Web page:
ON the 16th of July, 1905, the steamer Roosevelt, owned by the Peary Arctic Club, left. New York harbor for her northern voyage. This ship, built by the club (the contract signed and guaranteed by Mr. Jesup, president of the club, a year previously, before the subscriptions to the club were sufficient to pay for her), is the first American ship built for Arctic exploration.By COMMANDER ROBERT E. PEARY, U.S.N., IN HARPER'S MONTHLY20 min
HE was twenty-two years of age, with a face as smooth as a baby’s and a mind drilled from infancy in the principles and duties of a high religious life. He dropped into Goldfield for recreation after a hard year in college, and when he arrived he didn’t have as much courage as an ore-wagon mule.By JOHNSTON McCULLEY IN THE RED BOOK18 min
ISN’T it Theophile Gautier who says that the only differences between country and country lie in the slang and the uniform of the police? This dictum would scarcely hold regarding Edmonton in the Canadian Northland, the world’s greatest fur-mart.By A. DEANS CAMERON IN THE PACIFIC MONTHLY18 min
COBALT is from the German Kobold, a goblin of the mines, an evil spirit who in reality spread his malign influence by the insidious agency of the arsenical dust which crept into the lungs of the mine-workers, who broke the ores which were impregnated with arsenic.By W. A. FRASER IN SATURDAY EVENING POST17 min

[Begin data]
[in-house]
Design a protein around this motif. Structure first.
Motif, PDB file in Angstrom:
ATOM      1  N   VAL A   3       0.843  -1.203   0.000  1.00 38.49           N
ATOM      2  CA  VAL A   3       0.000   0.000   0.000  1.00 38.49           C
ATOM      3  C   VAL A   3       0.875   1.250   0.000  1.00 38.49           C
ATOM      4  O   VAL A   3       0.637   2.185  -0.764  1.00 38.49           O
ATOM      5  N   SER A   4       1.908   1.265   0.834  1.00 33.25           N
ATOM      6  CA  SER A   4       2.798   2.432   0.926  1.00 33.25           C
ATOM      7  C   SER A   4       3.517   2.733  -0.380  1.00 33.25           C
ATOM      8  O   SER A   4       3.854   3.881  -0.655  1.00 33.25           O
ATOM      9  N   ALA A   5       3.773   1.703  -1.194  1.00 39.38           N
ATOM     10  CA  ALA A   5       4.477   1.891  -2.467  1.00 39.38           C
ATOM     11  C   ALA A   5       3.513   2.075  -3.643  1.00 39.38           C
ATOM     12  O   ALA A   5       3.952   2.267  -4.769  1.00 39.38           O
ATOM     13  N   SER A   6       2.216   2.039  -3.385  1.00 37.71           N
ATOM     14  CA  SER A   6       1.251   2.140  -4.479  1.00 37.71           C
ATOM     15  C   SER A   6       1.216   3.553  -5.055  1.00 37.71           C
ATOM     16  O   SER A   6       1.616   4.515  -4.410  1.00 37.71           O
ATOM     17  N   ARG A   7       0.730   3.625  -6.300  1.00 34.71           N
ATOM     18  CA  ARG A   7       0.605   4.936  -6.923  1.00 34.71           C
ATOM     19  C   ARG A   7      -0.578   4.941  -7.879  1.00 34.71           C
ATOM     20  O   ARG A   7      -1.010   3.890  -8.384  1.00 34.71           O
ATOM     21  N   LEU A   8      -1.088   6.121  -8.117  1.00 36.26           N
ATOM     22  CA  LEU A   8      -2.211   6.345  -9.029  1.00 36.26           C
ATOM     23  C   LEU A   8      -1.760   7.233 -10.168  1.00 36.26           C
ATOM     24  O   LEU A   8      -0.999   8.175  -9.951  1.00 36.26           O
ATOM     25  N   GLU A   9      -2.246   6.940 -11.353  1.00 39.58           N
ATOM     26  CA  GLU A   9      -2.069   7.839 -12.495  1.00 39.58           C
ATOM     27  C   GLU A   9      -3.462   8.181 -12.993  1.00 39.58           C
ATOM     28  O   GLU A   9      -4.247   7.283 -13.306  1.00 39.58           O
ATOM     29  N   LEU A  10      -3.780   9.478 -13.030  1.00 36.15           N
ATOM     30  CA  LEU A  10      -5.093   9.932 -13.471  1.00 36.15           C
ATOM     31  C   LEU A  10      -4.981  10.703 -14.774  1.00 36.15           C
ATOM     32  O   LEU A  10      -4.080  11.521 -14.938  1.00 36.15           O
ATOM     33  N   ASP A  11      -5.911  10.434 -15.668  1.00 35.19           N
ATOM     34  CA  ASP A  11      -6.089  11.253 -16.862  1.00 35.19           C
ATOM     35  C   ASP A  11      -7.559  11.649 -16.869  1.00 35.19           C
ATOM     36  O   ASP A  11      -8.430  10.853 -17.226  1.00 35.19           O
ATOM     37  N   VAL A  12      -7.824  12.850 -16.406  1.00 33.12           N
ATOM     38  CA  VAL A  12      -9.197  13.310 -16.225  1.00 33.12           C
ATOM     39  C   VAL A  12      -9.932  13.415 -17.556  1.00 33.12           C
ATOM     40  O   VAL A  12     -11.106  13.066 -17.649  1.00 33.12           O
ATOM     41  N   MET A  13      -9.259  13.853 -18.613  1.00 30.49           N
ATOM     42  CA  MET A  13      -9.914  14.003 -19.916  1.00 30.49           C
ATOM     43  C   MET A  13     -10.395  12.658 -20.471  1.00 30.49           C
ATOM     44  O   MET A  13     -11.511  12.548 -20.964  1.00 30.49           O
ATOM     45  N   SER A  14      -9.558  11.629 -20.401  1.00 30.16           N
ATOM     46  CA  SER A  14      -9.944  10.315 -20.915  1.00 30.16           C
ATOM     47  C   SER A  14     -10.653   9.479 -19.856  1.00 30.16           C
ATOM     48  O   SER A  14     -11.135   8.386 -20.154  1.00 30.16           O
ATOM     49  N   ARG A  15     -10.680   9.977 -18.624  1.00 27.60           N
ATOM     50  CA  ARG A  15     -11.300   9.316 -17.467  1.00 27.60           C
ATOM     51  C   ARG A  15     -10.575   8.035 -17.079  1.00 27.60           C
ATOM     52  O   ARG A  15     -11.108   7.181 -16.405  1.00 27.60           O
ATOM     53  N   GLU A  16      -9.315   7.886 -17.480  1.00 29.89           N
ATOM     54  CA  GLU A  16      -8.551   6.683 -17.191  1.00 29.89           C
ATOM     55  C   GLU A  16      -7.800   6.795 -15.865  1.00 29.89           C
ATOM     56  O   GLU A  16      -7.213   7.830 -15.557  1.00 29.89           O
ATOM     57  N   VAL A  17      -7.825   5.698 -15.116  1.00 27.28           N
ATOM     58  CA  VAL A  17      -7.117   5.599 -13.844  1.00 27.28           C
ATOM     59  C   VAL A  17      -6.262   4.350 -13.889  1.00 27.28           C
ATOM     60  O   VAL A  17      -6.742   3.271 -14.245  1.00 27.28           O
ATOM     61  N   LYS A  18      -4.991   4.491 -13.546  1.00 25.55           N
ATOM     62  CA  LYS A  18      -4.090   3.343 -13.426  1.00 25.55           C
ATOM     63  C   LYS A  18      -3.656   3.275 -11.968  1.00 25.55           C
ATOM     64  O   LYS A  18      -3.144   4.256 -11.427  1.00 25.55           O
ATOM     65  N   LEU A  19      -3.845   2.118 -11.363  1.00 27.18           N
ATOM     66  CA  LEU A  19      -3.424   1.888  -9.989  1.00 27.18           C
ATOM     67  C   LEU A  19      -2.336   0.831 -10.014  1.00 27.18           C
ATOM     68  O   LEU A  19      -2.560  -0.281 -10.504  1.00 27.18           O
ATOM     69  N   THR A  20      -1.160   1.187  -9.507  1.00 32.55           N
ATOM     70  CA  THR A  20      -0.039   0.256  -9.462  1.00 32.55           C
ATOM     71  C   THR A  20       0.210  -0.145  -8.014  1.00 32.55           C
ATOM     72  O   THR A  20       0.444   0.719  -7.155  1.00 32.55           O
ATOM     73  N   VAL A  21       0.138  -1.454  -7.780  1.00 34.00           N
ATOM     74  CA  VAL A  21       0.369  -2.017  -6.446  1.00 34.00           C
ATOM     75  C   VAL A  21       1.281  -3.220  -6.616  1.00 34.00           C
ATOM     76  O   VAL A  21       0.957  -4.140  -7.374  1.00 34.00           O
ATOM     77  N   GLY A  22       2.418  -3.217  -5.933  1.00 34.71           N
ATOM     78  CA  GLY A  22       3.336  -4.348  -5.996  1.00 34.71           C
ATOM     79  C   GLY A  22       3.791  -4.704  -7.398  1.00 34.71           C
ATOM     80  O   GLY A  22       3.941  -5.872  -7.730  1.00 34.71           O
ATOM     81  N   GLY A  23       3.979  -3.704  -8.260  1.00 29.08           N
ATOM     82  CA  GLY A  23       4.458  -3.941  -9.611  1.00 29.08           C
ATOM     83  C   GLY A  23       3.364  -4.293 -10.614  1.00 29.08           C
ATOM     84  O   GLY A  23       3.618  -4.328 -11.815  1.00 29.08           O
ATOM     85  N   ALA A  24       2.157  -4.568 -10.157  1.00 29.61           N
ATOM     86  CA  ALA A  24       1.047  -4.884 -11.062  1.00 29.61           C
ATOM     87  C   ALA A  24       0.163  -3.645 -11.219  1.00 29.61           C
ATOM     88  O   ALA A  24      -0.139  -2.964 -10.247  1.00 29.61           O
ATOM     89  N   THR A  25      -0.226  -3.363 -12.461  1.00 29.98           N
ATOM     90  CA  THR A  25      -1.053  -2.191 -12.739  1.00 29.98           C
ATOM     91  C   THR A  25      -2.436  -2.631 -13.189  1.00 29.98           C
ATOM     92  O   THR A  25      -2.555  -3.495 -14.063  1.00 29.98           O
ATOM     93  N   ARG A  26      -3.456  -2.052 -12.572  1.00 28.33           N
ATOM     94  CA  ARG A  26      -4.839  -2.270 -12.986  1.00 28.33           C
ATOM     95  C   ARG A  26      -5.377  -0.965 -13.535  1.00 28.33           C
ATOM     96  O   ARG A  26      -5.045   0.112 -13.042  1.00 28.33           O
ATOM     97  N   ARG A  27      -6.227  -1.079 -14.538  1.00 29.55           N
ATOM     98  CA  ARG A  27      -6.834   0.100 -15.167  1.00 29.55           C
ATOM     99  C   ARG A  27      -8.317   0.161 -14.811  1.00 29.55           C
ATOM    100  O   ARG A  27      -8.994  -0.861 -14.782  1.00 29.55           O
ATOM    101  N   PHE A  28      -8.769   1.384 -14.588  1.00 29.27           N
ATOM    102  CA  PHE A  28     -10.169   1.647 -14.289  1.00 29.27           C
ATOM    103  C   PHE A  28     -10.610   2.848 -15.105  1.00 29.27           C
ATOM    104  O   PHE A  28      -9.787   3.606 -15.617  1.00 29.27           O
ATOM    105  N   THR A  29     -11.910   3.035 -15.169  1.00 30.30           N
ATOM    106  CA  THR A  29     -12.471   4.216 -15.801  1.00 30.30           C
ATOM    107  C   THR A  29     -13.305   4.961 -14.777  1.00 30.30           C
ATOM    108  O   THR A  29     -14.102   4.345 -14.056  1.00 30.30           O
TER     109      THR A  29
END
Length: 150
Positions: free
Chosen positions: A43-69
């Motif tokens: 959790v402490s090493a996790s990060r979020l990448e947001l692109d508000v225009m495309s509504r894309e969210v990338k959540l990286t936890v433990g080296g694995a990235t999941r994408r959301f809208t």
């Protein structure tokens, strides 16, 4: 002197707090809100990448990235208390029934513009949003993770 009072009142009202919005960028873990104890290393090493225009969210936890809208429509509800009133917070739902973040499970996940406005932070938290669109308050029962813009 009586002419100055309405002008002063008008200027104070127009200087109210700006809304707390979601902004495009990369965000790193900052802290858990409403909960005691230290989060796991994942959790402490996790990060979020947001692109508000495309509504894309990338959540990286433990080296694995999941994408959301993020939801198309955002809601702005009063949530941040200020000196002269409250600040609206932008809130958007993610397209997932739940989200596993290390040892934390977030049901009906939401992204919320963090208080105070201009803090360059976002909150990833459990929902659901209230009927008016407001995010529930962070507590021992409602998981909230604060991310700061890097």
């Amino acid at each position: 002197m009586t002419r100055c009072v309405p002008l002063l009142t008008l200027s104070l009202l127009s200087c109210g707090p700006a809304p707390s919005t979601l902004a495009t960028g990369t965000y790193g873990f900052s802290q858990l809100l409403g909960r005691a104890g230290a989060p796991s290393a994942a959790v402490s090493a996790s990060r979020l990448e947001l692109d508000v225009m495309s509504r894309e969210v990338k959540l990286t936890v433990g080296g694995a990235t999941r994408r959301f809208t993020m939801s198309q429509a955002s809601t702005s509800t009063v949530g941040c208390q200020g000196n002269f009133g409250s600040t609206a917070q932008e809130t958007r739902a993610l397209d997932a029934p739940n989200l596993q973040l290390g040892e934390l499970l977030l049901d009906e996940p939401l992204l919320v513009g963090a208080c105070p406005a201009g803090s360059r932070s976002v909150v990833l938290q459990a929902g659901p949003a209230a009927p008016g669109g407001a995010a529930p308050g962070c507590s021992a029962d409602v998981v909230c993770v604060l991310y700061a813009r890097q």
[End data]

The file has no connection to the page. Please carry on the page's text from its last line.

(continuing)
IN John Bunyan's famous allegory the Interpreter led Pilgrim into a room where he saw water pouring on a fire, and yet the fire was not put out. Then the Interpreter led him to the other side where someone was pouring oil that continually fed the flames; and then he understood.By EDWIN MARKHAM IN COSMOPOLITAN15 min
"THE great value of my littie garden to me has been the fine vegetables it has yielded all Summer, and the good time the children have had in the open air, but the glasses of beer and absinthe my husband hasn’t taken,” observed the mother of a French workingman’s rather numerous family to an investigator last Autumn.By WILLIAM H. TOLMAN IN CENTURY MAGAZINE15 min
LIFE is a sequence—the logical, Mafar-seeing mind is a cumulative consequence. Men who are wise at forty were not idle at twenty.” This statement applies to Mr. George Washington Stephens, M.P.P.; new president of the Montreal Harbor Commission; a capable, prominent and influential owner of property, running into millions; director and head of several strong manufacturing and financial corporations, and yet on the sunny side of forty, clear-headed, simple-living, hard working and possessed, as he ever has from childhood, that intoxicating thing — thinking on his feet.By C. D. CLIFFE14 min
IN the American Republic high hopes for humanity, as we all know, are embarked. To its struggles and vicissitudes the eyes of all of us, but especially those of its neighbors and partners on this continent, are turned. It has just been the scene of a notable uprising of the moral force against evil, especially commercial, but also municipal, and o some extent general.By GOLD WIN SMITH IN THE NORTH AMERICAN REVIEW14 min
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